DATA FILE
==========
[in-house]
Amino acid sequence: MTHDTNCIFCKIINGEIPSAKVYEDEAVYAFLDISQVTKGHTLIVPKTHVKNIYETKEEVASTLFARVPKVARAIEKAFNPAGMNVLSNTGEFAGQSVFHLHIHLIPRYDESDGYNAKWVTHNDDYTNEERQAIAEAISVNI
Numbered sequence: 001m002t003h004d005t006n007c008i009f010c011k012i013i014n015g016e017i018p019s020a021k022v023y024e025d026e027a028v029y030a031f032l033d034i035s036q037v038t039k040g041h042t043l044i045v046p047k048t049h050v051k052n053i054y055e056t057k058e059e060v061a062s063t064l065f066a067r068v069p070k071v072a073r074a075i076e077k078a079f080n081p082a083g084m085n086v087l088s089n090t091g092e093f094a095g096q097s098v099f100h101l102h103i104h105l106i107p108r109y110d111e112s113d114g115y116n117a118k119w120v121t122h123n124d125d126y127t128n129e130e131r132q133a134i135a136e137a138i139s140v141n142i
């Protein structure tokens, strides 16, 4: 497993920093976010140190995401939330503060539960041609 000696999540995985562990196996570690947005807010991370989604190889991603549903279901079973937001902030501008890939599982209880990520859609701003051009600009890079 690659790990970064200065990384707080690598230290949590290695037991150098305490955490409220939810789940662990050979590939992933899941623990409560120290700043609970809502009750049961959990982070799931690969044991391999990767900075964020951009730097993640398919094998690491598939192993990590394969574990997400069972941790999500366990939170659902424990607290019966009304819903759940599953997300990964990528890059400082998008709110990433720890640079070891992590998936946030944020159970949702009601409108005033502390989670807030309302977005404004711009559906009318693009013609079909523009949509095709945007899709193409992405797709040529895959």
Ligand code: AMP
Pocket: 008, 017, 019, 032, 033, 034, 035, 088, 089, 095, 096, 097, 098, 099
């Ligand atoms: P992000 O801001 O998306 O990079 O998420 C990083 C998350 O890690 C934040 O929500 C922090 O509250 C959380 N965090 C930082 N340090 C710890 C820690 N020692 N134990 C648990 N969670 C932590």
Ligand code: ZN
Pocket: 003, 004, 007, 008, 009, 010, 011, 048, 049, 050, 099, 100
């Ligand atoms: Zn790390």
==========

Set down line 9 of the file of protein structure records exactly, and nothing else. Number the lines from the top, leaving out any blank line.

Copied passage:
Pocket: 003, 004, 007, 008, 009, 010, 011, 048, 049, 050, 099, 100